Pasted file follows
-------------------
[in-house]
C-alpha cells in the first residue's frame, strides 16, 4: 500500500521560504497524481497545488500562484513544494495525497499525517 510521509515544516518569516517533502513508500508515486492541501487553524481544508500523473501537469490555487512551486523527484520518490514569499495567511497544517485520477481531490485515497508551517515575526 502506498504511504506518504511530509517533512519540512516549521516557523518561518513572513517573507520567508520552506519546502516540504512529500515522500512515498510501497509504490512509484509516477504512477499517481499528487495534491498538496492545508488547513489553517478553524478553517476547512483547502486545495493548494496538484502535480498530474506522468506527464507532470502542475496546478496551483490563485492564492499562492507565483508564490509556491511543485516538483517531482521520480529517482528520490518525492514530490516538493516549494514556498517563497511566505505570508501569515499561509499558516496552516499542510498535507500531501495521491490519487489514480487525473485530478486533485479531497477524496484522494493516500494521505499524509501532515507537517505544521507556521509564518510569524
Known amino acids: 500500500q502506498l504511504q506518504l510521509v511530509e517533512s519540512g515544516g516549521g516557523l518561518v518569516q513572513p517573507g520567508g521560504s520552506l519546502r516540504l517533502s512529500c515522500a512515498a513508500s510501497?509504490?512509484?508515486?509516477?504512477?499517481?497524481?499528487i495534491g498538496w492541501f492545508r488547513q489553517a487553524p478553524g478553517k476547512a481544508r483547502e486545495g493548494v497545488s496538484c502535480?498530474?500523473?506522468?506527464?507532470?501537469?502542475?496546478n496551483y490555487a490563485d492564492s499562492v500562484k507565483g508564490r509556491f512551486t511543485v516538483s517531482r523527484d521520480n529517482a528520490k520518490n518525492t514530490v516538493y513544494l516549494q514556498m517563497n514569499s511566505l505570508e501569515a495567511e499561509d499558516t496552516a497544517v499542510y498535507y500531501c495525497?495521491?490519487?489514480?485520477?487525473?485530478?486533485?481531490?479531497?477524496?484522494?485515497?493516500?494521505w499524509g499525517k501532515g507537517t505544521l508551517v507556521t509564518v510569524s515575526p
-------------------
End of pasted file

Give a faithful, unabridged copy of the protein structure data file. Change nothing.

[in-house]
C-alpha cells in the first residue's frame, strides 16, 4: 500500500521560504497524481497545488500562484513544494495525497499525517 510521509515544516518569516517533502513508500508515486492541501487553524481544508500523473501537469490555487512551486523527484520518490514569499495567511497544517485520477481531490485515497508551517515575526 502506498504511504506518504511530509517533512519540512516549521516557523518561518513572513517573507520567508520552506519546502516540504512529500515522500512515498510501497509504490512509484509516477504512477499517481499528487495534491498538496492545508488547513489553517478553524478553517476547512483547502486545495493548494496538484502535480498530474506522468506527464507532470502542475496546478496551483490563485492564492499562492507565483508564490509556491511543485516538483517531482521520480529517482528520490518525492514530490516538493516549494514556498517563497511566505505570508501569515499561509499558516496552516499542510498535507500531501495521491490519487489514480487525473485530478486533485479531497477524496484522494493516500494521505499524509501532515507537517505544521507556521509564518510569524
Known amino acids: 500500500q502506498l504511504q506518504l510521509v511530509e517533512s519540512g515544516g516549521g516557523l518561518v518569516q513572513p517573507g520567508g521560504s520552506l519546502r516540504l517533502s512529500c515522500a512515498a513508500s510501497?509504490?512509484?508515486?509516477?504512477?499517481?497524481?499528487i495534491g498538496w492541501f492545508r488547513q489553517a487553524p478553524g478553517k476547512a481544508r483547502e486545495g493548494v497545488s496538484c502535480?498530474?500523473?506522468?506527464?507532470?501537469?502542475?496546478n496551483y490555487a490563485d492564492s499562492v500562484k507565483g508564490r509556491f512551486t511543485v516538483s517531482r523527484d521520480n529517482a528520490k520518490n518525492t514530490v516538493y513544494l516549494q514556498m517563497n514569499s511566505l505570508e501569515a495567511e499561509d499558516t496552516a497544517v499542510y498535507y500531501c495525497?495521491?490519487?489514480?485520477?487525473?485530478?486533485?481531490?479531497?477524496?484522494?485515497?493516500?494521505w499524509g499525517k501532515g507537517t505544521l508551517v507556521t509564518v510569524s515575526p